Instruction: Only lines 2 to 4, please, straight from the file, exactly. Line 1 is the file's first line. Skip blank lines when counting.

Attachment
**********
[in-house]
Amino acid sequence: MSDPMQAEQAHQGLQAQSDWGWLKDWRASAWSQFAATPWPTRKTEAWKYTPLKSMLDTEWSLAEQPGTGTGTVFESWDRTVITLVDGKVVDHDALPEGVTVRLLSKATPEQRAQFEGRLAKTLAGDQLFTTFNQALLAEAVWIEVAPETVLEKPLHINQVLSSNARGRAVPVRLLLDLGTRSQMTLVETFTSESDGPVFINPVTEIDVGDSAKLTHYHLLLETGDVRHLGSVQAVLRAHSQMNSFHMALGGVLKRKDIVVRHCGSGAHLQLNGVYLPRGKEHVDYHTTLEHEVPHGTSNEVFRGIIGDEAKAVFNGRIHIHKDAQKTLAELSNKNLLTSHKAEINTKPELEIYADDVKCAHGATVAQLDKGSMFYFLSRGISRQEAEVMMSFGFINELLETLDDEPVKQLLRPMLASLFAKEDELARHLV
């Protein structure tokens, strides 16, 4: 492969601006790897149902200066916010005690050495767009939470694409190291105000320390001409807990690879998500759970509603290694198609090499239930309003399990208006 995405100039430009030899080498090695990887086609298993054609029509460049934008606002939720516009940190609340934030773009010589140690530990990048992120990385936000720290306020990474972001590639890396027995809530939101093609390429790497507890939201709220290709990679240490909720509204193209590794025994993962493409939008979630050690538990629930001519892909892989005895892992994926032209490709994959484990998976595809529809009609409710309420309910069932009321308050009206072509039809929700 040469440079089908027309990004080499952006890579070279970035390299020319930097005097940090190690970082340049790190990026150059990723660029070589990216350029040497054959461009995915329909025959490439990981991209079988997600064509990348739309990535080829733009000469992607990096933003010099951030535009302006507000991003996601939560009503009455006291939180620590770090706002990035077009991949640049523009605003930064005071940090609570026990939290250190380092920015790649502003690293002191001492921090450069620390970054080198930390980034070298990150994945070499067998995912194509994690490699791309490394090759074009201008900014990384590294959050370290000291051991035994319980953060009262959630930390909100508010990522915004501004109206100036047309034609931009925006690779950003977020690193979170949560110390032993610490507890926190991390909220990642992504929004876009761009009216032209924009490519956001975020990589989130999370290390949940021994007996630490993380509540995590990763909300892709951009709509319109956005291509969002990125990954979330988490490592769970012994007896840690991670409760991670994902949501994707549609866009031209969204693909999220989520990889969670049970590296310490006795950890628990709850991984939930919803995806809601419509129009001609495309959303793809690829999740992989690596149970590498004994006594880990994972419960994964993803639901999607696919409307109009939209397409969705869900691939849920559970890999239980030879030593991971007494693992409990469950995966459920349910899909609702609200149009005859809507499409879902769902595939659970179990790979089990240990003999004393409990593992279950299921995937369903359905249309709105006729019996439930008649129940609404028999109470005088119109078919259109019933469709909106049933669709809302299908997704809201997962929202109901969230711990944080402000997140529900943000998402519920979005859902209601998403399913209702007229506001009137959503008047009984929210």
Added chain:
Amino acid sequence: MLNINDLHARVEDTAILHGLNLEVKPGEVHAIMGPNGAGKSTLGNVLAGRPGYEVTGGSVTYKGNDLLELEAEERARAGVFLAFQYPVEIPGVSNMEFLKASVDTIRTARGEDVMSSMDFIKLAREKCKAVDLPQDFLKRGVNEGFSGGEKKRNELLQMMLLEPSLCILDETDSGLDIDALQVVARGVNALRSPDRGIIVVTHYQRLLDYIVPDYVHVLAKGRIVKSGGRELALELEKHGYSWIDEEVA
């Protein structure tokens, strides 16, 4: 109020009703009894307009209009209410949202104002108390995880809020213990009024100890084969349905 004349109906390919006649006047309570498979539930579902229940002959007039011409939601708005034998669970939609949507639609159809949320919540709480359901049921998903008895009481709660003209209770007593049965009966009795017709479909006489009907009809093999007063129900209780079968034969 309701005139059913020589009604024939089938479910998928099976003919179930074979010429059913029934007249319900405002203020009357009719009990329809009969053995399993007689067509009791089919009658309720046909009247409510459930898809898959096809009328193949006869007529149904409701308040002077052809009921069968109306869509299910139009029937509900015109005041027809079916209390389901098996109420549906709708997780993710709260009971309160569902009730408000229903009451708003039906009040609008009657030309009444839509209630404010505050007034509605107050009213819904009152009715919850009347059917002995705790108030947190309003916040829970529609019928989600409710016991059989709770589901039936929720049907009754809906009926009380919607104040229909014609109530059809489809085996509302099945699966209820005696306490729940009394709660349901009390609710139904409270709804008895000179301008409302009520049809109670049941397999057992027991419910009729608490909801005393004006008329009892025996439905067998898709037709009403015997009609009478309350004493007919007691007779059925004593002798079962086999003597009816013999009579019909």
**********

Amino acid sequence: MSDPMQAEQAHQGLQAQSDWGWLKDWRASAWSQFAATPWPTRKTEAWKYTPLKSMLDTEWSLAEQPGTGTGTVFESWDRTVITLVDGKVVDHDALPEGVTVRLLSKATPEQRAQFEGRLAKTLAGDQLFTTFNQALLAEAVWIEVAPETVLEKPLHINQVLSSNARGRAVPVRLLLDLGTRSQMTLVETFTSESDGPVFINPVTEIDVGDSAKLTHYHLLLETGDVRHLGSVQAVLRAHSQMNSFHMALGGVLKRKDIVVRHCGSGAHLQLNGVYLPRGKEHVDYHTTLEHEVPHGTSNEVFRGIIGDEAKAVFNGRIHIHKDAQKTLAELSNKNLLTSHKAEINTKPELEIYADDVKCAHGATVAQLDKGSMFYFLSRGISRQEAEVMMSFGFINELLETLDDEPVKQLLRPMLASLFAKEDELARHLV
């Protein structure tokens, strides 16, 4: 492969601006790897149902200066916010005690050495767009939470694409190291105000320390001409807990690879998500759970509603290694198609090499239930309003399990208006 995405100039430009030899080498090695990887086609298993054609029509460049934008606002939720516009940190609340934030773009010589140690530990990048992120990385936000720290306020990474972001590639890396027995809530939101093609390429790497507890939201709220290709990679240490909720509204193209590794025994993962493409939008979630050690538990629930001519892909892989005895892992994926032209490709994959484990998976595809529809009609409710309420309910069932009321308050009206072509039809929700 040469440079089908027309990004080499952006890579070279970035390299020319930097005097940090190690970082340049790190990026150059990723660029070589990216350029040497054959461009995915329909025959490439990981991209079988997600064509990348739309990535080829733009000469992607990096933003010099951030535009302006507000991003996601939560009503009455006291939180620590770090706002990035077009991949640049523009605003930064005071940090609570026990939290250190380092920015790649502003690293002191001492921090450069620390970054080198930390980034070298990150994945070499067998995912194509994690490699791309490394090759074009201008900014990384590294959050370290000291051991035994319980953060009262959630930390909100508010990522915004501004109206100036047309034609931009925006690779950003977020690193979170949560110390032993610490507890926190991390909220990642992504929004876009761009009216032209924009490519956001975020990589989130999370290390949940021994007996630490993380509540995590990763909300892709951009709509319109956005291509969002990125990954979330988490490592769970012994007896840690991670409760991670994902949501994707549609866009031209969204693909999220989520990889969670049970590296310490006795950890628990709850991984939930919803995806809601419509129009001609495309959303793809690829999740992989690596149970590498004994006594880990994972419960994964993803639901999607696919409307109009939209397409969705869900691939849920559970890999239980030879030593991971007494693992409990469950995966459920349910899909609702609200149009005859809507499409879902769902595939659970179990790979089990240990003999004393409990593992279950299921995937369903359905249309709105006729019996439930008649129940609404028999109470005088119109078919259109019933469709909106049933669709809302299908997704809201997962929202109901969230711990944080402000997140529900943000998402519920979005859902209601998403399913209702007229506001009137959503008047009984929210």
Added chain: